The regeneration of a 25-acre brownfield site in Manchester has been given an international boost, with the release of OMA's winning designs for a new arts venue. The £110m venue, called The Manchester Factory, will sit in the St John's neighbourhood, formerly a cluster of railway sidings and goods yards, and the location of Granada TV Studios.

Pritzker Prizer-winner Rem Koolhaas envisages a raised glazed cube with a vast stairway leading up to a sliding door. Attached to one side of the entranceway is a white, many-angled block.

'The Factory will be large enough and flexible enough to allow more than one new work of significant scale to be shown and/or created at the same time,' say the developers, Allied London. Combined audiences of up to 7,000 will be accommodated. 

It is intended as a significant new cultural venue in England's second most visited city, and will form part of the Government's aim to create a Northern Powerhouse. Its name is derived from the city's eponymous record label, but will also remind arts lovers with longer memories of Andy Warhol's studio.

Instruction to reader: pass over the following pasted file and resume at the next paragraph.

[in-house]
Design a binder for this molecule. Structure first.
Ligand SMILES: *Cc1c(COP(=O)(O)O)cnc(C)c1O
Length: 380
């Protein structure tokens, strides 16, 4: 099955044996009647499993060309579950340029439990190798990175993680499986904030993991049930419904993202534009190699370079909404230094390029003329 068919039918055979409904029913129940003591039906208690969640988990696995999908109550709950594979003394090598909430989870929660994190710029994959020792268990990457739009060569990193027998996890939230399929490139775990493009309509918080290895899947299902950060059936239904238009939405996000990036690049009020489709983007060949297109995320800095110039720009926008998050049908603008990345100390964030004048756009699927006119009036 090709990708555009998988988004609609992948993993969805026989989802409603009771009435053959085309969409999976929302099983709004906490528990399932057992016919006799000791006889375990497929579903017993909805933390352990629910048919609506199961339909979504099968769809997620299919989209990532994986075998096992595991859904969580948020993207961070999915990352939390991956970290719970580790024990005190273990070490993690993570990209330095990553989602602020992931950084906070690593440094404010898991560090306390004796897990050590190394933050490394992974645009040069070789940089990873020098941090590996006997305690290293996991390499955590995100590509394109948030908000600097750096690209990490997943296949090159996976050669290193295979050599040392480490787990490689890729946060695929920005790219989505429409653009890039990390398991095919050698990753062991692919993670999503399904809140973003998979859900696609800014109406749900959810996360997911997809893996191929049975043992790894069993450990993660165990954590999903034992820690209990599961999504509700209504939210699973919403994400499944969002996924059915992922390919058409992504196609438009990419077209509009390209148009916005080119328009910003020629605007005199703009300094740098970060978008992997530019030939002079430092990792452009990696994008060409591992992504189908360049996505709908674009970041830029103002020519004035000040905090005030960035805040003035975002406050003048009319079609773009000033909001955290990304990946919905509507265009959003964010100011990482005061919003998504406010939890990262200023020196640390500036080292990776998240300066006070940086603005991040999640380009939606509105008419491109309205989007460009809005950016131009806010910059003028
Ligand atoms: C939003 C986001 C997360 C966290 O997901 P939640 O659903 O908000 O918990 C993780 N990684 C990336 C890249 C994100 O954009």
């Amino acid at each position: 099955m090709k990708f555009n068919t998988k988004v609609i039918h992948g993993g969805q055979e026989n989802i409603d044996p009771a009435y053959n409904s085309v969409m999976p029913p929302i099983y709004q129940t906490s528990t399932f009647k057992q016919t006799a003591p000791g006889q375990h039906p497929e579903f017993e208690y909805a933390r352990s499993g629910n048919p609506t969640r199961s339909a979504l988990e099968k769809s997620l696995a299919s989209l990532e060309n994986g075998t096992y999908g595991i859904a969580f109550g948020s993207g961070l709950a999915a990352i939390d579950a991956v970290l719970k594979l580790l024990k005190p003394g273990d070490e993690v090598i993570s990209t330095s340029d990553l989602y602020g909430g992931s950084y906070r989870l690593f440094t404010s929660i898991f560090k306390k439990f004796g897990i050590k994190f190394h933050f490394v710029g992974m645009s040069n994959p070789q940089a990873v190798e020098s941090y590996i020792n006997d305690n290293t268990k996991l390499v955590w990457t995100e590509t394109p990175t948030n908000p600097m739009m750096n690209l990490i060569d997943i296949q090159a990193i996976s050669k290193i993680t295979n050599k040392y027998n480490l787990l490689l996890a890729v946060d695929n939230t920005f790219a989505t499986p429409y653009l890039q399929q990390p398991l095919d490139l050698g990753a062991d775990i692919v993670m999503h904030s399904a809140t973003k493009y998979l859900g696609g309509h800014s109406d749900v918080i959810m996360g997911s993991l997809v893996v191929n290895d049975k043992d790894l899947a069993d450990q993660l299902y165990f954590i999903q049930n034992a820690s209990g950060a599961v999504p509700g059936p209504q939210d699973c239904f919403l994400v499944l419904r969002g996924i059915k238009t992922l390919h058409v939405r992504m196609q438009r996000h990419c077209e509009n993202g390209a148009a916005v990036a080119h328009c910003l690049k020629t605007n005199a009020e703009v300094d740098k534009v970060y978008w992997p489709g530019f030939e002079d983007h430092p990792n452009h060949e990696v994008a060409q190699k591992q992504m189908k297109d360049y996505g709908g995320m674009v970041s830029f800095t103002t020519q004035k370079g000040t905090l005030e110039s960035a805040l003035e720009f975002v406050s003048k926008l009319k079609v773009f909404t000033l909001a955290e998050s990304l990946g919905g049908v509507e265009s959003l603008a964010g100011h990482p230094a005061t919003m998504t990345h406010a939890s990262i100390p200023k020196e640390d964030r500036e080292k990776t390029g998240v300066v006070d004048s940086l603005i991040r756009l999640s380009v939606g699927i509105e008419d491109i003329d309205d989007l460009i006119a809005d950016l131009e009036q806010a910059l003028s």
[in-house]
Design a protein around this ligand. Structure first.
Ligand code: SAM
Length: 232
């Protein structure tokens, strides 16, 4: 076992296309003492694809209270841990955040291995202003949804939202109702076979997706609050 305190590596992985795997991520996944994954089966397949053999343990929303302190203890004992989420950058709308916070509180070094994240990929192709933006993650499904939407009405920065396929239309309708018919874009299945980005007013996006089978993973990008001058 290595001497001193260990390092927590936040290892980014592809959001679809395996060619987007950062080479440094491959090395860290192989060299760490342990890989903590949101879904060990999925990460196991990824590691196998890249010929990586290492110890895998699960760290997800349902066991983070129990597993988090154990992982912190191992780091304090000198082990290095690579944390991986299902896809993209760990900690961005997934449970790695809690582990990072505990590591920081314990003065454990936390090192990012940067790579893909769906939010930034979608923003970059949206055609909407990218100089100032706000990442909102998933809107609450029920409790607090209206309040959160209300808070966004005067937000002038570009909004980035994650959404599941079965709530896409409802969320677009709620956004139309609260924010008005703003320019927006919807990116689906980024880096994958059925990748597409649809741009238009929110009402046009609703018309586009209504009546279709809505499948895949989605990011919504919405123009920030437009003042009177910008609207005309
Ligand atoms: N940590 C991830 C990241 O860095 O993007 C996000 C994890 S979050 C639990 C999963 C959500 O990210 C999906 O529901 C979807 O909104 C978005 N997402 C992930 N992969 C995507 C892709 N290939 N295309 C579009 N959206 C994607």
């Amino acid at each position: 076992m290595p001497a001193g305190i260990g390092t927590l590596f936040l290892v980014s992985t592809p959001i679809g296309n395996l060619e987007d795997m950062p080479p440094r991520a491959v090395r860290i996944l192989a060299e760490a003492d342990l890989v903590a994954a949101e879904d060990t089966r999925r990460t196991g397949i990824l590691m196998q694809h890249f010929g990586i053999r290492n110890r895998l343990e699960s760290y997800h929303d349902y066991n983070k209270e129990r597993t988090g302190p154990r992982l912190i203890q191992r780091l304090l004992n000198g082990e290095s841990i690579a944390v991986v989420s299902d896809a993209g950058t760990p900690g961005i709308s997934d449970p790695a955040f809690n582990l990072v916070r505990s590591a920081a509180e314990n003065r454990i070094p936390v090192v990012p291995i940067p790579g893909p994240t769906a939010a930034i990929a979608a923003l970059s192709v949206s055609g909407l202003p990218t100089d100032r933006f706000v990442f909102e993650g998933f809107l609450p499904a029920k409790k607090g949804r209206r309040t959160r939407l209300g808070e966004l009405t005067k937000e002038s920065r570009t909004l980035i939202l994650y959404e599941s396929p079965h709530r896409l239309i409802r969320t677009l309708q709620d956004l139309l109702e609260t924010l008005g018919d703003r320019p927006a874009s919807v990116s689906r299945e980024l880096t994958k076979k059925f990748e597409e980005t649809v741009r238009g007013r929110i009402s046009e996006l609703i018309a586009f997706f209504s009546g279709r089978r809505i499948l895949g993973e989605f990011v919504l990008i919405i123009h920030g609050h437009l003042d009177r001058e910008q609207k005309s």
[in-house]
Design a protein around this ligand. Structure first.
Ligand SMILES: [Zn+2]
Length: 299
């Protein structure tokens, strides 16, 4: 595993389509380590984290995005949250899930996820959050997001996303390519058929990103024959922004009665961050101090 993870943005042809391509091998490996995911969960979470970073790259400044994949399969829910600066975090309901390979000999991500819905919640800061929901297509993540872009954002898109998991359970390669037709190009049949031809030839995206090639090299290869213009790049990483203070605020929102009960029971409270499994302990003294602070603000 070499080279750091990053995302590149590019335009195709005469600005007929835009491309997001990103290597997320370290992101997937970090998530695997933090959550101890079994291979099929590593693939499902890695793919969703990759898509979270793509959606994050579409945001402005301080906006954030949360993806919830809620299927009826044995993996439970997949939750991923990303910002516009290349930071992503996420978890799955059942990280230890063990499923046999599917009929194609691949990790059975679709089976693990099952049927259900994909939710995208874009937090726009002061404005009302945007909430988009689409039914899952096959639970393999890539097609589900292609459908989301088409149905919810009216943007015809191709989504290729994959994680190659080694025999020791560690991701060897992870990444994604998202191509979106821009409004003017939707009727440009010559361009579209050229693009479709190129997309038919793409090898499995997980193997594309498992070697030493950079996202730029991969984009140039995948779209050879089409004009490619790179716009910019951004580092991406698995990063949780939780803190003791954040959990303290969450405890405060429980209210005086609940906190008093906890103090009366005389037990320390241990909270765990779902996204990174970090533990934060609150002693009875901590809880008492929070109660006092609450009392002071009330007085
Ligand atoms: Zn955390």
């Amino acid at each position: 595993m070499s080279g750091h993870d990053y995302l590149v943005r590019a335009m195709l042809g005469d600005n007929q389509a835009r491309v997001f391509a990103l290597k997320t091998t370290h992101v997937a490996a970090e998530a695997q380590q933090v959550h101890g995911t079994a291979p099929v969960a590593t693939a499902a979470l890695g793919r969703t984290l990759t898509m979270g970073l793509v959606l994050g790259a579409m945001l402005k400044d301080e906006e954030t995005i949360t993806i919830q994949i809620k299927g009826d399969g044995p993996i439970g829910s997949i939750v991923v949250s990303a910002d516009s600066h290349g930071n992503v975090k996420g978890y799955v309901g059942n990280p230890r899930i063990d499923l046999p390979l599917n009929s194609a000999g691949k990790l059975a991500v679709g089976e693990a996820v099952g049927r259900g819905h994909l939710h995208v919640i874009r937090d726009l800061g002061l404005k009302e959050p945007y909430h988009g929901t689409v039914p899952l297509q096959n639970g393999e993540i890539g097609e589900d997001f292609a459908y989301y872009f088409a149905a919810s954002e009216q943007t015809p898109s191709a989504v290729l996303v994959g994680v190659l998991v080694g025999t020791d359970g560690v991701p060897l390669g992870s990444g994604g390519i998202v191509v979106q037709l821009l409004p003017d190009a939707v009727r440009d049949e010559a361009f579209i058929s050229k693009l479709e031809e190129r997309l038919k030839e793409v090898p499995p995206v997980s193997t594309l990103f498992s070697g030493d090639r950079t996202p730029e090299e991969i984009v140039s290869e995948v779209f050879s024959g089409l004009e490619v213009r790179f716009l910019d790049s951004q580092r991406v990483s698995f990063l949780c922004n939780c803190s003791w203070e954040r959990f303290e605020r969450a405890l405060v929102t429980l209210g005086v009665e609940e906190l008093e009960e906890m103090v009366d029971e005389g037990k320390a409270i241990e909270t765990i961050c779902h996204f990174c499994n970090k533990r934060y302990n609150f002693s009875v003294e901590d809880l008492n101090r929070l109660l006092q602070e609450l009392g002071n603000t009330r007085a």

OMA has a strong track record in the arts. Its Garage Museum of Contemporary Art in Moscow completed earlier this year, and the Taipei Performing Arts Centre, Musée National des Beaux-Arts du Québec, and Faena Arts Centre in Miami are in the pipeline.

Allied London has ambitious plans for St John's as 'a new neighbourhood for people to live, work, create and experience with residential, workspace, hotels, independent food and drink, extensive public realm and open green spaces.' To this end the old Granada TV Studios by Ralph Tubbs - best known for his work on the 1951 Festival of Britain - is being turned into an 'event hotel' with performance spaces by architects Levitt Bernstein.

The Factory's construction is due to start next year, with completion slated for 2019.

TAGS: REM KOOLHAAS, OMA, BRITISH ARCHITECTURE, MANCHESTER